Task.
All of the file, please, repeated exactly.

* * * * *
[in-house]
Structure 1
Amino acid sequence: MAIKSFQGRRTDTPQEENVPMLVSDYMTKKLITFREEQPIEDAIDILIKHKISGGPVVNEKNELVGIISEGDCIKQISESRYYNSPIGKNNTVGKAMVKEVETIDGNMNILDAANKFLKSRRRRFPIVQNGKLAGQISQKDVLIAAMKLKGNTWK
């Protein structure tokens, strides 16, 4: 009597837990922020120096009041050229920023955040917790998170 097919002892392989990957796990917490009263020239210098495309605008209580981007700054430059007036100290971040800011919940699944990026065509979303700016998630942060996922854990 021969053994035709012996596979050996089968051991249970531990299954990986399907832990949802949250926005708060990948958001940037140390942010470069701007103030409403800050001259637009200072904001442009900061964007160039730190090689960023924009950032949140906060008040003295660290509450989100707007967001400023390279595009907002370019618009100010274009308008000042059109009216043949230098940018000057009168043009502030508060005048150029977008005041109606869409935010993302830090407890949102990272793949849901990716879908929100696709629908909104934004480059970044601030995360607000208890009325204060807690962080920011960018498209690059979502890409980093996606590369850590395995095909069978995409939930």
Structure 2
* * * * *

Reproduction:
[in-house]
Structure 1
Amino acid sequence: MAIKSFQGRRTDTPQEENVPMLVSDYMTKKLITFREEQPIEDAIDILIKHKISGGPVVNEKNELVGIISEGDCIKQISESRYYNSPIGKNNTVGKAMVKEVETIDGNMNILDAANKFLKSRRRRFPIVQNGKLAGQISQKDVLIAAMKLKGNTWK
């Protein structure tokens, strides 16, 4: 009597837990922020120096009041050229920023955040917790998170 097919002892392989990957796990917490009263020239210098495309605008209580981007700054430059007036100290971040800011919940699944990026065509979303700016998630942060996922854990 021969053994035709012996596979050996089968051991249970531990299954990986399907832990949802949250926005708060990948958001940037140390942010470069701007103030409403800050001259637009200072904001442009900061964007160039730190090689960023924009950032949140906060008040003295660290509450989100707007967001400023390279595009907002370019618009100010274009308008000042059109009216043949230098940018000057009168043009502030508060005048150029977008005041109606869409935010993302830090407890949102990272793949849901990716879908929100696709629908909104934004480059970044601030995360607000208890009325204060807690962080920011960018498209690059979502890409980093996606590369850590395995095909069978995409939930």
Structure 2